Sometimes, the idea of cooking a big shabbat dinner can be pretty daunting. I mean, meat, roasts, sides, veggies, but then you come across super simple recipes for the main dish that taste so great and are pretty impressive, and you think to yourself, “hey, I can do this every week!” Continue reading
I love pouch cooking. Why? Because it’s easily prep-able in the morning, and you can just pop it in the fridge till you get home after a long day of school/work/errands and put it in the oven right before dinner. It makes cooking dinner a breeze! Also, it’s a everything you need for dinner…protein from the fish, veggies mixed in, and usually I add some kind of carb or grain. This time I didn’t, but served it with couscous (takes only 5 minutes to cook), so dinner was ready in no time. Also, individual portions make it harder to eat too much for all those people on diets or doing P90X. Continue reading
Hamud is a delicious lemony vegetable broth or sour sauce flavored with mint and filled with kibbe (haven’t heard of kibbe yet? Look at all the things you can do with it!). It’s a traditional Shabbat dish that we love eating on Friday night over rice. You see different families make it with different twists. Some people use citric acid, or sour salt to make theirs tart. I use fresh lemon juice. Continue reading
I really like couscous, but it can get very boring. So I decided to layer it with some healthy stuff and make it sorta like a lasagna. I thought it was a hit! And so did Richie, who ate two bowls of it for dinner.
I was inspired to make this dish when my friend Danielle told me about a great couscous dish her mother made. Her ingredients were pretty much the same, but she used canned tomatoes and mixed everything together, more like a traditional couscous. When Danielle called it a couscous lasagna, I knew I had to try it. Plus, I’m on a healthy greens kick, so I was excited to use kale and spinach in the same dish. Continue reading
Spring is here! And spring means asparagus is in season. No more boring roasted or grilled asparagus, we’re going gourmet here. Now, gourmet doesn’t mean hard. Actually, while there are a few steps in this recipe (you should read it over once before actually attempting it – you’ll need to do a bit of juggling), it’s quite easy! and impressive looking. Feel free to use store-bought pie crust or even puff pastry, as in the original recipe. Continue reading
Okay, so have you ever had kibbe? No, not the meat stuffed meatballs that we made a little while back. The kind with a bulgur shell that you fry and eat with lemon or tahine. Well, they’re hard to make. But they’re amazing. I’ve made them before, but never blogged them for you (aren’t I mean? One day I will). Well this has the flavors of kibbe, but is much easier to make.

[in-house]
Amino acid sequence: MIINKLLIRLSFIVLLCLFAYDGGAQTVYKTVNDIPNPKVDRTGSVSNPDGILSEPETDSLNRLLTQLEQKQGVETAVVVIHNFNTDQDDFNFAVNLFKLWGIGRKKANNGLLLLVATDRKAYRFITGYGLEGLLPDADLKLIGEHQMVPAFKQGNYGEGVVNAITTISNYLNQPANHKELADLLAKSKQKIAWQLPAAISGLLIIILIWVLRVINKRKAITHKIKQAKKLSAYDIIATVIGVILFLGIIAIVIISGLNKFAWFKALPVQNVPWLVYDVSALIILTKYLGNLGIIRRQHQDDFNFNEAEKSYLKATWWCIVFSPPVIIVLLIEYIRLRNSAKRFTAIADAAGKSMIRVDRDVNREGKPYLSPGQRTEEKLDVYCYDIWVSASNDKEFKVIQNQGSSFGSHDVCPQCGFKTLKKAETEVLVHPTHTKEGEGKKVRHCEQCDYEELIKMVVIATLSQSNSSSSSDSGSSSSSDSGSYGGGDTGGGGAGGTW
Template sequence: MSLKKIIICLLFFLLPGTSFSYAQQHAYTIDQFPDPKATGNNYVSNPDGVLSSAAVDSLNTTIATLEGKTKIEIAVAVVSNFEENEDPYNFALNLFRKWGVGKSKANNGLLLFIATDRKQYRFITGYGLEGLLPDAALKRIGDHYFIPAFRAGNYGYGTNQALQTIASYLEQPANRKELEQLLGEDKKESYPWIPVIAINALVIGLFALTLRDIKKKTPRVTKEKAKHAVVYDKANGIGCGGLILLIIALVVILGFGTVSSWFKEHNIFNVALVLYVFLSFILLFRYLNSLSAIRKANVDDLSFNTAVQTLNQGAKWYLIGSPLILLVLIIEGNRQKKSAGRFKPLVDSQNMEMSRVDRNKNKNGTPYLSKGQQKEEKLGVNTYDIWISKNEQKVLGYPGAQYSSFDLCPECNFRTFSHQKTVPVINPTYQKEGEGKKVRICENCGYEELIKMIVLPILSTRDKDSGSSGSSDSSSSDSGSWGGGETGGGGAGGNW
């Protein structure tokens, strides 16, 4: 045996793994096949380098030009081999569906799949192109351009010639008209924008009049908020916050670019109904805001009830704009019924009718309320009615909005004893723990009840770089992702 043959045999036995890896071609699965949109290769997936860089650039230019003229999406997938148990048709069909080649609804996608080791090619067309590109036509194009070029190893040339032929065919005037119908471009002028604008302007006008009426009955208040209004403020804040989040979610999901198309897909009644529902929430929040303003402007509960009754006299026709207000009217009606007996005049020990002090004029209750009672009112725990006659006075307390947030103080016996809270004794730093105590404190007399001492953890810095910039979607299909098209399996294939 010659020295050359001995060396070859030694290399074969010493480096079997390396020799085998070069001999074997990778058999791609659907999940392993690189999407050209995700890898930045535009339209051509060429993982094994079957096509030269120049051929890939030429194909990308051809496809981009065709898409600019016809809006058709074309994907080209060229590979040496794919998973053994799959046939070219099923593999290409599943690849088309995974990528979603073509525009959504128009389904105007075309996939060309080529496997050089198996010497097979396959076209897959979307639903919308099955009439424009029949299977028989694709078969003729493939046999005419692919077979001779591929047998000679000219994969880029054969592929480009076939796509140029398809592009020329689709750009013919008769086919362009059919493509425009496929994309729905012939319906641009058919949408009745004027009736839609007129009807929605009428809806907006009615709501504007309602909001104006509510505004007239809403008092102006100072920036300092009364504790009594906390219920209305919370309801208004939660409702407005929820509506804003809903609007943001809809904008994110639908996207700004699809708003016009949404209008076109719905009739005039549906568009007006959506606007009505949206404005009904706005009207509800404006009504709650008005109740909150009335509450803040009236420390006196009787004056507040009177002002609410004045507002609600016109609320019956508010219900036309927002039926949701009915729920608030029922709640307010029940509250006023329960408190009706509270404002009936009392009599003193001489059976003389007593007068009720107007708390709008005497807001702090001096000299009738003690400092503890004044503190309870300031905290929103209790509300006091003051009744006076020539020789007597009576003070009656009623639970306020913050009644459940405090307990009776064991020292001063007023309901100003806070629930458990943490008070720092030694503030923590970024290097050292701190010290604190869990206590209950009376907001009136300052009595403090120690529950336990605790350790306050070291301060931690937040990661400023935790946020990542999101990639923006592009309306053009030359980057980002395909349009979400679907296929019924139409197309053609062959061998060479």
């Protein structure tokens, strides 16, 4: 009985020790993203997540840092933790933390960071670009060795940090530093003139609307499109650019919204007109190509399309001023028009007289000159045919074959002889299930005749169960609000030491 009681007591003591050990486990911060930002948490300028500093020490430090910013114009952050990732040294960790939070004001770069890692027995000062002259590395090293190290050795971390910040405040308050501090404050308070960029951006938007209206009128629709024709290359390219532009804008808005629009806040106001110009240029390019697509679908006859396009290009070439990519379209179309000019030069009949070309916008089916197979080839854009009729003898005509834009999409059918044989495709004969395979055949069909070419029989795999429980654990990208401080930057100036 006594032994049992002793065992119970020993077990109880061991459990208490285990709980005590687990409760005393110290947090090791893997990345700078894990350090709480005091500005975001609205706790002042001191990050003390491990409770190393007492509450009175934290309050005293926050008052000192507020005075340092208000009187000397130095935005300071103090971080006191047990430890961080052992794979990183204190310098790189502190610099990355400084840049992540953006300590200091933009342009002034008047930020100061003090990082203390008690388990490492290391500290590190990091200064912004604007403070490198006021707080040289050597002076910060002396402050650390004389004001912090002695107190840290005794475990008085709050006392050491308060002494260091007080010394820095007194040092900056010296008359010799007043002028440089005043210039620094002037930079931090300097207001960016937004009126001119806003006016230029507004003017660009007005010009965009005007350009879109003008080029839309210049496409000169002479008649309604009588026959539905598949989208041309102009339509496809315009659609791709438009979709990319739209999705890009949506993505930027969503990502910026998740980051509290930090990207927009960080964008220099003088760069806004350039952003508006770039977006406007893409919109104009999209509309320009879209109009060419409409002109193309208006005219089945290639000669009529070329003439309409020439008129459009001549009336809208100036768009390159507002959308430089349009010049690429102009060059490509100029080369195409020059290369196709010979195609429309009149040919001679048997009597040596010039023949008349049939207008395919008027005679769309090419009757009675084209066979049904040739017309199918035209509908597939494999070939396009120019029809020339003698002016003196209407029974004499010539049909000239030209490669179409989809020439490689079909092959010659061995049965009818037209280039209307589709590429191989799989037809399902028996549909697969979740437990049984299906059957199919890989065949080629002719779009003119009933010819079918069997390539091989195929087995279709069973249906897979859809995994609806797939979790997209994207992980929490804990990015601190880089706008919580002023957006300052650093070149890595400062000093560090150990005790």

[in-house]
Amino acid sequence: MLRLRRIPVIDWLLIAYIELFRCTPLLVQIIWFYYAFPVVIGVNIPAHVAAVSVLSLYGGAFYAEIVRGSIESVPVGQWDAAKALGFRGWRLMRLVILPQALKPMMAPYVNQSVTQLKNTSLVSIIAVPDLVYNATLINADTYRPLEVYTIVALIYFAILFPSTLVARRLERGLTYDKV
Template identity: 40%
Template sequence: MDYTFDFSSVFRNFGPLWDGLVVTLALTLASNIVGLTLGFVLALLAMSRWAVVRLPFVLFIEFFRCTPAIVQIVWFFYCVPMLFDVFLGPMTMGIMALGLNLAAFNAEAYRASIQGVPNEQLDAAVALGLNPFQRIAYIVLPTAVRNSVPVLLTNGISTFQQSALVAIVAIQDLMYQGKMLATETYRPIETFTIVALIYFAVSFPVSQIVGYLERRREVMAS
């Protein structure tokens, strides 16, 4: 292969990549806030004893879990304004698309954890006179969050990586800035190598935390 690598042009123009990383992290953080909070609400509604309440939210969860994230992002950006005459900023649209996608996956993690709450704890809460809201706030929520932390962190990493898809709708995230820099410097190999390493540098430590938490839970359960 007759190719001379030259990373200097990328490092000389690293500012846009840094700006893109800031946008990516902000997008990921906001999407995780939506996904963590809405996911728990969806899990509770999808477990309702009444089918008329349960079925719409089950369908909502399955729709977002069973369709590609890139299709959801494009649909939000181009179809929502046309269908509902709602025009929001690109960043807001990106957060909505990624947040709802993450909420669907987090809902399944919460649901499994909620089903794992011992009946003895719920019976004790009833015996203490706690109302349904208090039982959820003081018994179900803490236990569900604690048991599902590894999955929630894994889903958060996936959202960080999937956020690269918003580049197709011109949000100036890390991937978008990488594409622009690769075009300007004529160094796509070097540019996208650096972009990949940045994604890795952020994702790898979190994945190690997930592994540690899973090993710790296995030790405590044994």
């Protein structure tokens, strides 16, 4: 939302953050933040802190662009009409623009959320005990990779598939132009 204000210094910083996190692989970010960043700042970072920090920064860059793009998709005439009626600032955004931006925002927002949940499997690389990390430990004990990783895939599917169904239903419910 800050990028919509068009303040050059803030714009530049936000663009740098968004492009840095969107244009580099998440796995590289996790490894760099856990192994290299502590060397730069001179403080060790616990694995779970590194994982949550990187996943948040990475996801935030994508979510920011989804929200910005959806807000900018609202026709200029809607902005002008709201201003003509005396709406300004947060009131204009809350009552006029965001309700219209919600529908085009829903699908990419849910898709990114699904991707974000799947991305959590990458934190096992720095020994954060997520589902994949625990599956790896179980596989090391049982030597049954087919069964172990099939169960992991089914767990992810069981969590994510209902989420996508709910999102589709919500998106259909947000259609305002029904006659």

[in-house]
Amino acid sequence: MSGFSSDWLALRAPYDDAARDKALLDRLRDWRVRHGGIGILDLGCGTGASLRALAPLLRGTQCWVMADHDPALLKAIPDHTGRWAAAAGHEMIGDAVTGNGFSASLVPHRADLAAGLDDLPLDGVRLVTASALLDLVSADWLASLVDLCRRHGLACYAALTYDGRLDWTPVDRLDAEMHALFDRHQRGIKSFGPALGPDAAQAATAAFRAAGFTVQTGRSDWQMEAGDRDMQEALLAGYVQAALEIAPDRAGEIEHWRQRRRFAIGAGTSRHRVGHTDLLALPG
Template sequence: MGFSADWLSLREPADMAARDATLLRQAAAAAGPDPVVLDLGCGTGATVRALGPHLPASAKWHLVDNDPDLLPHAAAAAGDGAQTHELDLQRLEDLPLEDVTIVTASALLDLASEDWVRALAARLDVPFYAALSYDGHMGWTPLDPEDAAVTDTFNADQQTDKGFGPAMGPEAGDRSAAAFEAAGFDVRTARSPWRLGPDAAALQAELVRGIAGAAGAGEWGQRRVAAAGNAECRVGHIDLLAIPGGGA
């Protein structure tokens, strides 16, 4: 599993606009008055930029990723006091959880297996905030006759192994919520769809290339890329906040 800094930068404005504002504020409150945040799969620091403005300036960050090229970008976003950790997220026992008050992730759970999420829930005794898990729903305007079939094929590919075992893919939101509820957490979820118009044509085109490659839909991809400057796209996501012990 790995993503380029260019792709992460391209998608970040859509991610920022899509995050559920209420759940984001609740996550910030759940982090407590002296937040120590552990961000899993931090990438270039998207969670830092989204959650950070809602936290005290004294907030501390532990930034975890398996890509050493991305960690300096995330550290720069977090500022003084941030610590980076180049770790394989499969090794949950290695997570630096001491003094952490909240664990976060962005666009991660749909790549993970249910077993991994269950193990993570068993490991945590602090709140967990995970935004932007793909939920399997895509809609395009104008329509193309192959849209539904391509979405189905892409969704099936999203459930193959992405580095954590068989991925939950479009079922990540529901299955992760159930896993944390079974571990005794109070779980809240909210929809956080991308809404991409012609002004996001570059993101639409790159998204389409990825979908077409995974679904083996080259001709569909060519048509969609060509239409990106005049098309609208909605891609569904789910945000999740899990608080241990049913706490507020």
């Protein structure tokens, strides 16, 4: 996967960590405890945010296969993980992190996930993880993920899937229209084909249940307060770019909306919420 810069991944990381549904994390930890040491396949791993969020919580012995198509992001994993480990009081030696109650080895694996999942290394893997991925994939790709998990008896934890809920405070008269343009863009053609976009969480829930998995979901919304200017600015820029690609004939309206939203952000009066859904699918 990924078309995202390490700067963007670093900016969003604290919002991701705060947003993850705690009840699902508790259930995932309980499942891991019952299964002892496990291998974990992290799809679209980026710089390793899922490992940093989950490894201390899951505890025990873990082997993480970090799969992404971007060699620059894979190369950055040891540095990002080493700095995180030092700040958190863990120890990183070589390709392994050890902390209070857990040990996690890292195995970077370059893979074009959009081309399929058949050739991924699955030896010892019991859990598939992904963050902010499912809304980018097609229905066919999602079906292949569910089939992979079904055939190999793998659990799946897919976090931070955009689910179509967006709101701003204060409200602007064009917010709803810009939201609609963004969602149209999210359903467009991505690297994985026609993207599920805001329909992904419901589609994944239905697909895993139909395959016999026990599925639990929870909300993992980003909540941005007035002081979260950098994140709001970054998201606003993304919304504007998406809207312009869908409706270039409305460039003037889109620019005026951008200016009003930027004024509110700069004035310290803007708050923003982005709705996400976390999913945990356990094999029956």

Sometimes I get into a dinner rut…okay, more than sometimes. It happens all the time. You would think I have an awesome archive of recipes that I can just fall back on, and I do. But some nights I just want to make something weird, different, or completely unusual for me. When that happens, I flip through my seemingly endless supply of cookbooks, scanning through the pages with post-its, or skipping those for something that I wouldn’t normally bookmark. Or, I look through blogs or Pinterest. Last time that happened, I searched through my Second Avenue Deli cookbook. The recipe that jumped out at me? Corned beef hash. Maybe it was because the directions called for a meat grinder and I have one? Or maybe just because it was so weird it has to be good? Either way, I had to make it. Continue reading
Shabbat shalom! In honor of this wonderful shabbat, we’re sharing a our kibbe recipe with you, as well as what I think are pretty good directions on how to shape them. I tried taking a video, but let’s just say my phone got covered in oily meat and had to be wiped clean very carefully. Stephanie and I have been writing about kibbe for a long time now. We use it in recipes all the time. It’s a Friday night staple in the Blanco house, and it’s actually surprising if we don’t eat kibbe for shabbat dinner.
Well what is a kibbe, you ask? They’re really small meatballs. Meat-stuffed-meatballs. Continue reading
I finally got Ina Garten’s new cookbook! It took a while, especially because I pre-ordered it on Amazon. Turns out, shipping during Hurricane Sandy got kinda iffy, and it just never showed up. Thanks to Amazon’s amazing customer service (once I figured out where to find it), they overnighted me a new copy! Yay! After looking through the recipes, and weeding out the very unkosher ones, I decided that a one-pot pasta dish was the perfect first recipe to try. Why? Because we love pasta! Because Richie loves pasta. Because It reheats easily on a weeknight. And because sausage is something I don’t cook much, so I thought I’d give it a try.
Even though we’re Jewish, it’s impossible to ignore all of the Halloween in the air! That means tons of candy and treats for the kids. For my kid, it’s homemade candy; so if you want to make a special homemade treat, give this recipe a try! And if you can find the correct sized tart pan, buy one for me. I’ll pay you back.
When I saw the photo of this candy/dessert in my friend Daniella’s Bon Appetit Desserts book, I KNEW I had to buy the book right away. And I did, thanks to the Amazon app on my iPhone. Then I bookmarked way too many desserts and put this one off for a little while. I’m glad I came back to it. It was actually quite easy, and I had all the ingredients in my pantry except for the sweetened condensed milk. That’s easy to find in the supermarket. Oh, golden syrup is great. If you don’t have it, you can use corn syrup, but I don’t like to use corn syrup. I find Lyle’s golden syrup in the regular supermarket, but if you can’t find it, try Amazon. Continue reading